Despite odds, Ruehl is 2nd after prelims

The Cincinnati Enquirer

ATLANTA - Becky Ruehl is a diver who defies physics. She leaps from a 33-foot tower and lands like a raindrop. She causes less splashing than a three-year-old in a bathtub. She confounds her coaches as well as her rivals.

''I wish I knew how to explain it,'' Charlie Casuto said Friday. ''But as clean as she gets in, I'm not really sure how it happens.''

Casuto has coached Becky Ruehl since she first started plunging into pools, and he still could not fully account for her success after she became a contender for a gold medal. Northern Kentucky's first-ever Olympian ranked second in the Olympic women's 10-meter platform preliminaries Friday, and Casuto wasn't the only one caught by surprise.

Becky Ruehl can't get enough time on 10-meter platforms to perform at such lofty levels. Her practice limitations have caused her to skimp on degree of difficulty, which compromises her chances against world-class competition. She wouldn't make much sense at all in the Summer Games except that when she slices through the water, the surface remains still.

'It just worked'

Ruehl attempted five dives during Friday's preliminaries, and the worst of them was wonderful. Three different judges gave her at least one score of 9.0, on three different dives. No one else in the field - and there were 33 of them altogether - drew a score of 9.0 on as many as two dives.

''I felt just like someone was pulling me toward the water head-first,'' she explained. ''It just worked.''

Fu Mingxia of China leads Ruehl, 329.25-323.91, entering this morning's second round of qualifying, but these point totals are of little consequence. Friday's scores will not be carried over into tonight's medal competition, only the confidence they have created.

''Based on her performance today, which is incredibly awesome, she's got that knack, and she's doing her thing, and her thing works,'' said Mary Ellen Clark, the 1992 bronze medalist. ''She's not ruffled under the circumstances and that's really something. . . . She's really got a lot of experience for one who's 19.''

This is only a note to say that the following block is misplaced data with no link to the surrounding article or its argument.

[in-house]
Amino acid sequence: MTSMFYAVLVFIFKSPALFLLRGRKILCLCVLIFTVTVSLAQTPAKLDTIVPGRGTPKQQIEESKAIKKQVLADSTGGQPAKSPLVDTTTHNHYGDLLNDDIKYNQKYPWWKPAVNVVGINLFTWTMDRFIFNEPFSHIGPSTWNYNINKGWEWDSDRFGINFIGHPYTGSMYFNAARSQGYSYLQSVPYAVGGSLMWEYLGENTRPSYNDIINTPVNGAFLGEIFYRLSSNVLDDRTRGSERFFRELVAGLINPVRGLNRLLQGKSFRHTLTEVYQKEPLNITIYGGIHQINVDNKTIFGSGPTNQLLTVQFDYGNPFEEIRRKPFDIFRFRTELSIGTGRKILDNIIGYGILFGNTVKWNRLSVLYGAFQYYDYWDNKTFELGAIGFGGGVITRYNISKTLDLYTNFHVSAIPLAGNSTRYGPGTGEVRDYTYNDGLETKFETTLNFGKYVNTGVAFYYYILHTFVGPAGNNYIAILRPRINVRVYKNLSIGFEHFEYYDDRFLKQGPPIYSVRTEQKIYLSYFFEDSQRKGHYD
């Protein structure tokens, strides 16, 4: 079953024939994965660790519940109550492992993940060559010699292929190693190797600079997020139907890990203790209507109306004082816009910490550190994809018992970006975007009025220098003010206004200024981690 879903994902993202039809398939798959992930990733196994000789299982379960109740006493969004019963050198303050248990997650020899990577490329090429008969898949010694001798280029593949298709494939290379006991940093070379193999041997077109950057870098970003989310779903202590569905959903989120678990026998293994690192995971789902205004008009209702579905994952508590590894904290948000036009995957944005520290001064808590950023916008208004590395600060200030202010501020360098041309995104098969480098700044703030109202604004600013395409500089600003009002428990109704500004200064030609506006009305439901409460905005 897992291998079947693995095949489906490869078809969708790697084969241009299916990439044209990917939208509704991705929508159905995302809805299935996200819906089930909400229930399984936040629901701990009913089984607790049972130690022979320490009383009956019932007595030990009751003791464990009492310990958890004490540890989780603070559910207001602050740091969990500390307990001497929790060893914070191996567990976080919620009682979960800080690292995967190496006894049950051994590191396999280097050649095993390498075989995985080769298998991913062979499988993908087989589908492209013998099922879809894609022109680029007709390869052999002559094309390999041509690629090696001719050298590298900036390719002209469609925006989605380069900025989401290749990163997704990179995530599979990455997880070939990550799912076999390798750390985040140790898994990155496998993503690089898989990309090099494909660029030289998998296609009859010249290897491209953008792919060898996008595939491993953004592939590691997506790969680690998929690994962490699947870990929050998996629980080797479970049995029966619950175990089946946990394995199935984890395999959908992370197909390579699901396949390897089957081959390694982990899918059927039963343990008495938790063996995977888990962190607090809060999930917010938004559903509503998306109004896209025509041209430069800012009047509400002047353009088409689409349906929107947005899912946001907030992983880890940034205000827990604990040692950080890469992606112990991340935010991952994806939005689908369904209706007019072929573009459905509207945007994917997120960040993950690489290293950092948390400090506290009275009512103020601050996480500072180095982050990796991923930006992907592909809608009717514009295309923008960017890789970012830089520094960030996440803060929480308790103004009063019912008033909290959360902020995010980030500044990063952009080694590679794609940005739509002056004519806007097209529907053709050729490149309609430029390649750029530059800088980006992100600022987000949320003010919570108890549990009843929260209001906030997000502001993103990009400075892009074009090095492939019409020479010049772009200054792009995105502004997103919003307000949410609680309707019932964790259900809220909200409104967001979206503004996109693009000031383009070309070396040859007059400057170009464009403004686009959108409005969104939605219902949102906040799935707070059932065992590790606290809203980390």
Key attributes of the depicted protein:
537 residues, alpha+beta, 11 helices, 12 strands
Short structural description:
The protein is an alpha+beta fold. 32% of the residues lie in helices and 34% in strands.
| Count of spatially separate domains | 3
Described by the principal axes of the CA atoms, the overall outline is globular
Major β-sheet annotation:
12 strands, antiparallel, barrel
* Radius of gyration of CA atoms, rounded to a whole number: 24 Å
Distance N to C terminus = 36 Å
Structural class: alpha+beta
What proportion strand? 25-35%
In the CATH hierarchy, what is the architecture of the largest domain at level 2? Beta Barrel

''Eighteen,'' Ruehl replied.

Becky Ruehl has always been a precocious athlete. She was a gymnast first, and nimble enough at 9 years old that her sportswriter uncle, Dan Weber, took her to meet Casuto. The University of Cincinnati coach asked the young girl to point her toes and observed that she had more muscle definition than most of the boys on his team.

Casuto couldn't coax Ruehl to change into a swimsuit that day, much less convince her to leap from a diving board. But he recognized that Ruehl was an unusual prospect, and he relaxed his policy against coaching 9-year-olds.

When Becky Ruehl finally jumped from the 10-meter platform, she tried (unsuccessfully) to stifle a scream. Now, she hardly makes a sound at all, either in or out of the pool. Between dives Friday, Ruehl occupied herself by reading Jane Austen's ''Persuasion.''

''I didn't look at (the standings) at all,'' she said. ''I had no idea what position I was in. I thought maybe top five, so I was surprised to see second. . . .

''I was really nervous, but not as nervous as I was at the (Olympic) Trials. I felt exactly the way I wanted to be. I was nervous, but not too nervous, just enough to help me do my dive well. I am just going to try and dive the same way (today) and see what happens. I just want to make the finals. Last year at the World Championships, I got ninth. I'm hoping to do that or better.''

She needs to be perfect

Becky Ruehl could reasonably aim higher, but her optional dives do not allow her much margin for error. Because her program is not as difficult as those of other top divers, she must hit each dive to remain in contention.

''I tried to change my list awhile ago, and it didn't work,'' Ruehl said. ''I changed my dives for nationals and finished last, so I changed them back. I've kind of been in a holding pattern.''

Friday, Becky Ruehl was holding second place in the Olympics. Not a bad place to be.

Tim Sullivan is an Enquirer columnist.

Published July 27, 1996.